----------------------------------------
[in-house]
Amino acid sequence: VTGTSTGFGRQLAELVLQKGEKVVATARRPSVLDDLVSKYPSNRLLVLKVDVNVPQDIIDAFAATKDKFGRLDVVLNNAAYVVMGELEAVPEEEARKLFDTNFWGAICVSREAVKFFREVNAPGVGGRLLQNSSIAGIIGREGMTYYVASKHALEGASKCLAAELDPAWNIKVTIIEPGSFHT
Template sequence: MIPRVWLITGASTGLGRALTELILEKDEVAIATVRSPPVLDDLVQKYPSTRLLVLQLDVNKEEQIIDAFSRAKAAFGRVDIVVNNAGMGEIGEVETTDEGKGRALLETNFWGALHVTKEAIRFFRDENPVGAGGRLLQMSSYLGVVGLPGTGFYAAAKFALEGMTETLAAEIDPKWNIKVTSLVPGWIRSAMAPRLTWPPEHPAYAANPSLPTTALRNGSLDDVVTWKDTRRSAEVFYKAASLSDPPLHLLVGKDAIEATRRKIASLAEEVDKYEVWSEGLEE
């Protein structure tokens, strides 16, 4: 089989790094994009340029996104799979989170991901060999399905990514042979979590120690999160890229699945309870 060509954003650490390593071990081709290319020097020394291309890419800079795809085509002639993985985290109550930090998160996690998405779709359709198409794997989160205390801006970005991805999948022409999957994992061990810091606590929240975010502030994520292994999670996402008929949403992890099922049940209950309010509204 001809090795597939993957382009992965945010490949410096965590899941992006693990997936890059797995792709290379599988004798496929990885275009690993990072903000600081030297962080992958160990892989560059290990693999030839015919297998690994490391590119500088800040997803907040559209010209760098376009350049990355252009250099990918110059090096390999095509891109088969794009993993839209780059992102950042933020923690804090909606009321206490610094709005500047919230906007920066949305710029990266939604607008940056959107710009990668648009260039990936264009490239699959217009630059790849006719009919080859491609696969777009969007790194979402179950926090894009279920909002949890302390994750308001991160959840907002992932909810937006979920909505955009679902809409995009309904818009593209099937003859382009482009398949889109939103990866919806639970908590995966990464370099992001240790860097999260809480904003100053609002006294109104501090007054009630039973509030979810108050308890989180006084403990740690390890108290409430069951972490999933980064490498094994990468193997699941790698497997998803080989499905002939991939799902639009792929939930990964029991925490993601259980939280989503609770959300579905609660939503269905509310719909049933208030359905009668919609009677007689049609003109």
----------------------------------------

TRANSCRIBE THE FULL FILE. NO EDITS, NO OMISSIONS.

[in-house]
Amino acid sequence: VTGTSTGFGRQLAELVLQKGEKVVATARRPSVLDDLVSKYPSNRLLVLKVDVNVPQDIIDAFAATKDKFGRLDVVLNNAAYVVMGELEAVPEEEARKLFDTNFWGAICVSREAVKFFREVNAPGVGGRLLQNSSIAGIIGREGMTYYVASKHALEGASKCLAAELDPAWNIKVTIIEPGSFHT
Template sequence: MIPRVWLITGASTGLGRALTELILEKDEVAIATVRSPPVLDDLVQKYPSTRLLVLQLDVNKEEQIIDAFSRAKAAFGRVDIVVNNAGMGEIGEVETTDEGKGRALLETNFWGALHVTKEAIRFFRDENPVGAGGRLLQMSSYLGVVGLPGTGFYAAAKFALEGMTETLAAEIDPKWNIKVTSLVPGWIRSAMAPRLTWPPEHPAYAANPSLPTTALRNGSLDDVVTWKDTRRSAEVFYKAASLSDPPLHLLVGKDAIEATRRKIASLAEEVDKYEVWSEGLEE
């Protein structure tokens, strides 16, 4: 089989790094994009340029996104799979989170991901060999399905990514042979979590120690999160890229699945309870 060509954003650490390593071990081709290319020097020394291309890419800079795809085509002639993985985290109550930090998160996690998405779709359709198409794997989160205390801006970005991805999948022409999957994992061990810091606590929240975010502030994520292994999670996402008929949403992890099922049940209950309010509204 001809090795597939993957382009992965945010490949410096965590899941992006693990997936890059797995792709290379599988004798496929990885275009690993990072903000600081030297962080992958160990892989560059290990693999030839015919297998690994490391590119500088800040997803907040559209010209760098376009350049990355252009250099990918110059090096390999095509891109088969794009993993839209780059992102950042933020923690804090909606009321206490610094709005500047919230906007920066949305710029990266939604607008940056959107710009990668648009260039990936264009490239699959217009630059790849006719009919080859491609696969777009969007790194979402179950926090894009279920909002949890302390994750308001991160959840907002992932909810937006979920909505955009679902809409995009309904818009593209099937003859382009482009398949889109939103990866919806639970908590995966990464370099992001240790860097999260809480904003100053609002006294109104501090007054009630039973509030979810108050308890989180006084403990740690390890108290409430069951972490999933980064490498094994990468193997699941790698497997998803080989499905002939991939799902639009792929939930990964029991925490993601259980939280989503609770959300579905609660939503269905509310719909049933208030359905009668919609009677007689049609003109």